After the Merry emporium, Mrs. John Childs had the next shop for millinery, costumes, etc.
This was 10 Market Place.
Mr. John Childs was a china dealer.
He had the prison attached to the old Butter Market. The inner cell he used as a store.
When the weather was fine, Mr. Childs arranged his china outside the prison, had a chair against the door, and here he sat waiting for his customers.
John Childs was born in Oxton, Nottinghamshire about 1806. In 1842 he married Elizabeth Brentnall, of the Burr Lane Brentnall family.
Bagshaw’s Directory of 1846 includes him as a ‘glass and china dealer’ in the Market Place area, where he used the Roundhouse as a store-room for furniture after it was no longer needed as a ‘lock-up’.
In the early 1860’s the Childs moved into Bath Street, close to Joseph Carrier, when John was then also a furniture dealer.
In February 1883 ‘Mrs. Childs’ retired as teacher at the Sunday School of the United Methodist Free Church in South Street .. a post she had held for 58 years. (IA 1883)
John Childs retired from business in March 1877 and in July moved into Market Street where he died in January 1891, aged 85.
He was buried in Stanton Road Cemetery.
Elizabeth had died of bronco-pneumonia in Market Street in January 1885, aged 76.
The Oddfellows were organisations set up to care for and protect their members in times of hardship.
John Childs had joined the Duke of Rutland Lodge of Oddfellows, M.U.F.S. (Manchester Unity Friendly Society), on its opening night in Ilkeston in July 1828 and was a member up to his death. Thus the Pioneer referred to him as “probably the oldest Oddfellow in the Midland Counties”. (IP Jan 1891)
In 1831 John served as ‘NG’ (Noble Grand) of his lodge.
In July 1866 this Lodge held its triennial dinner and festival at the Sir John Warren — a sorry affair relative to previous occasions. To deter the too frequent ‘celebrations’ of such lodges, regulations were now in place such that the costs of such festivities could not be paid for out of lodge funds; members now had to be charged and this pushed up the price of the ‘bill of fare’.
Many in the Rutland Lodge therefore chose to avoid this expense and stayed away — not a single procession took place.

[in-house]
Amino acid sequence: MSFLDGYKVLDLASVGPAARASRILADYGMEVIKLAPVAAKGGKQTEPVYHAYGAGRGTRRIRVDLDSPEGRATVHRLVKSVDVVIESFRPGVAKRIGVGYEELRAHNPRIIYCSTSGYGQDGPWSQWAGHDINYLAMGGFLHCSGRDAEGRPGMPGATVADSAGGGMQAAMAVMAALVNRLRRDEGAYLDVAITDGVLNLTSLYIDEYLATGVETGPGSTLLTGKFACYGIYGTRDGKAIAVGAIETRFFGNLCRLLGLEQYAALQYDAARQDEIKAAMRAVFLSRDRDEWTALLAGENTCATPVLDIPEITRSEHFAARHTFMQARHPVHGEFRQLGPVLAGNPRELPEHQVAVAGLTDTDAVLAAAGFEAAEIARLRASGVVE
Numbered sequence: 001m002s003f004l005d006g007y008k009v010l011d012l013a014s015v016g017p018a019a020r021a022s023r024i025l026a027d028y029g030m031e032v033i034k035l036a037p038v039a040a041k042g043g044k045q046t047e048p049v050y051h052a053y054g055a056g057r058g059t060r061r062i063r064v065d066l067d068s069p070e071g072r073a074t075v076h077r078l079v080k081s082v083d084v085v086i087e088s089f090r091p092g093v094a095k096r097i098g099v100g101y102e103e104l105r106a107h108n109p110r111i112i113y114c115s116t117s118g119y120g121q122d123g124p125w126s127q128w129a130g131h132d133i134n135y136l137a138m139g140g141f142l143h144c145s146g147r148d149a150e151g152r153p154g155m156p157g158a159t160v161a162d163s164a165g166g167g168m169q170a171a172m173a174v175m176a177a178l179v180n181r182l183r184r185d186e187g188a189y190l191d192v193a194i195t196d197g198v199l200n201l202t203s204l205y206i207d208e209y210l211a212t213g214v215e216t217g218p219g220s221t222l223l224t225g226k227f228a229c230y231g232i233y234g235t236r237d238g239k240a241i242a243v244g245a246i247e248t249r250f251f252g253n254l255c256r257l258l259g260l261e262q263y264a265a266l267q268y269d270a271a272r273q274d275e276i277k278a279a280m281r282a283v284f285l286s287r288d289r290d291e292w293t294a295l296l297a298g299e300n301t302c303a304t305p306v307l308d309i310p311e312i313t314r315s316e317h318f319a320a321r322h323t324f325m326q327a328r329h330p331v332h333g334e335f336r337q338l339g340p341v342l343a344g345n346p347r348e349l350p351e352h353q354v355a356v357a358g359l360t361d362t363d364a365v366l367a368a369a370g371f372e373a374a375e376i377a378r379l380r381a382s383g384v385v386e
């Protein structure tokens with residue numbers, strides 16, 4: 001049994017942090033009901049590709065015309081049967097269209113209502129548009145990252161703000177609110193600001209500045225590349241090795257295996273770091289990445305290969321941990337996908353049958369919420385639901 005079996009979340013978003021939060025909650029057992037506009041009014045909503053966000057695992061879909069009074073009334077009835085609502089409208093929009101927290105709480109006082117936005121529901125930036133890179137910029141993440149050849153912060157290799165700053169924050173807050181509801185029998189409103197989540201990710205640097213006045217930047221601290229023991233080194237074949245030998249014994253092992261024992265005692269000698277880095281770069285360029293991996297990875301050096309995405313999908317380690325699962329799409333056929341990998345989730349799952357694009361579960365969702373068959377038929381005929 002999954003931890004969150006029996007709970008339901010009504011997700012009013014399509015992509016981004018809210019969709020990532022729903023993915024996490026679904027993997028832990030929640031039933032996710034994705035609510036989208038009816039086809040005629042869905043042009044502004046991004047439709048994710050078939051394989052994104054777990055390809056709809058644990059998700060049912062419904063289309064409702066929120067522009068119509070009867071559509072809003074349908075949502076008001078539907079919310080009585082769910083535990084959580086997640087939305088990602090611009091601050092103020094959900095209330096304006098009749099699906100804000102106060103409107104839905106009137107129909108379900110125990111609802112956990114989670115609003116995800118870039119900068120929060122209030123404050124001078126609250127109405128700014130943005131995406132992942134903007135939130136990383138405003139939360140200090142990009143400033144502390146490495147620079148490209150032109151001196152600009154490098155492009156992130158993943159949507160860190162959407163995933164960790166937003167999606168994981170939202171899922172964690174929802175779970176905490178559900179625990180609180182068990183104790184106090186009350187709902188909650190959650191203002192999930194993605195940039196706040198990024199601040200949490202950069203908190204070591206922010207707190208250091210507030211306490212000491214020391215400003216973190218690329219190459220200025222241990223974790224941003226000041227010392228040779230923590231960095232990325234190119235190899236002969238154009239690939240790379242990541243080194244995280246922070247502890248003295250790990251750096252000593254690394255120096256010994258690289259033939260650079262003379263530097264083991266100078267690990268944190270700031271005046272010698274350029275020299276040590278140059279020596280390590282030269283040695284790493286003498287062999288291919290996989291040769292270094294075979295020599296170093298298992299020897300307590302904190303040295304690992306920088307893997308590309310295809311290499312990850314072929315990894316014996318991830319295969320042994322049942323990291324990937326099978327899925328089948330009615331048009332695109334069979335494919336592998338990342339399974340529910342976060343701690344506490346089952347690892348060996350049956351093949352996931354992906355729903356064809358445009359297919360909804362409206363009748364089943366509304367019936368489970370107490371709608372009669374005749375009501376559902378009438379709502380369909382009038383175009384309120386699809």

But not everything was cancelled.
‘At ten o’clock (am), the beautiful flag was hoisted out of the lodge-room, bearing suitable emblems of the objects of the order — provision for the sick and distressed, comfort for the bereaved widow and orphans.
‘The room was tastefully decorated with evergreens and flowers, and a sumptuous dinner was provided which reflected great praise to the worthy host and hostess.
‘The committee engaged the services of our talented townsmen, Mr. Joseph Tilson, and Mr. J. Goddard, sen, who rendered efficient aid in their capacity as musicians.
‘P.G. John Ball, the secretary, read the following report; —
— “In 1863 (the last festival) this lodge consisted of 261 members. Since then we have enlisted 50 amongst us. Six members and eight members’ wives have died. The total number good on our books at the present time is 310, 52 of whom pay their contributions into other lodges.
“During the three years we have relieved 168 members in time of sickness at a cost of £690, and up to the latter part of 1865 we had but four superannuated members, but now we have six receiving each a pension of 4s per week, and will continue to do so while they live, at a cost of £62 8s per annum.
“Also, during the three years we have paid £100 for deceased members, and members’ deceased wives, and numerous cases of distress have been alleviated.
“In a financial point of view this lodge is one of the most prosperous in the unity”.
‘ …. ten o’clock (pm), when the company broke up, after a meeting of perfect harmony and conviviality’. (IP)
At that time the income for the Lodge came from a fortnightly subscription of 8d per member, plus an interest of £160 p.a. from capital.
There was a Female Friendly Society in Ilkeston which met around the corner at the Independent Chapel in Pimlico and was also known as ‘Shaw’s Club’, (after the Rev. Joshua Shaw of that chapel?)
It was dissolved in January 1876, after more than 60 years of existence, although no new members had been admitted to the society for over 20 years. Thus the majority of its members were old and infirm, and a constant strain on its funds. In the past, sick pay had often been suspended or reduced in order to keep the Club functioning. At its dissolution, funds of £200 were in the coffers to be distributed amongst 96 members.
Surely not time for another drink ?!? What a fortuitous coincidence ! We have just arrived at the Market Tavern…. there it is on the extreme right.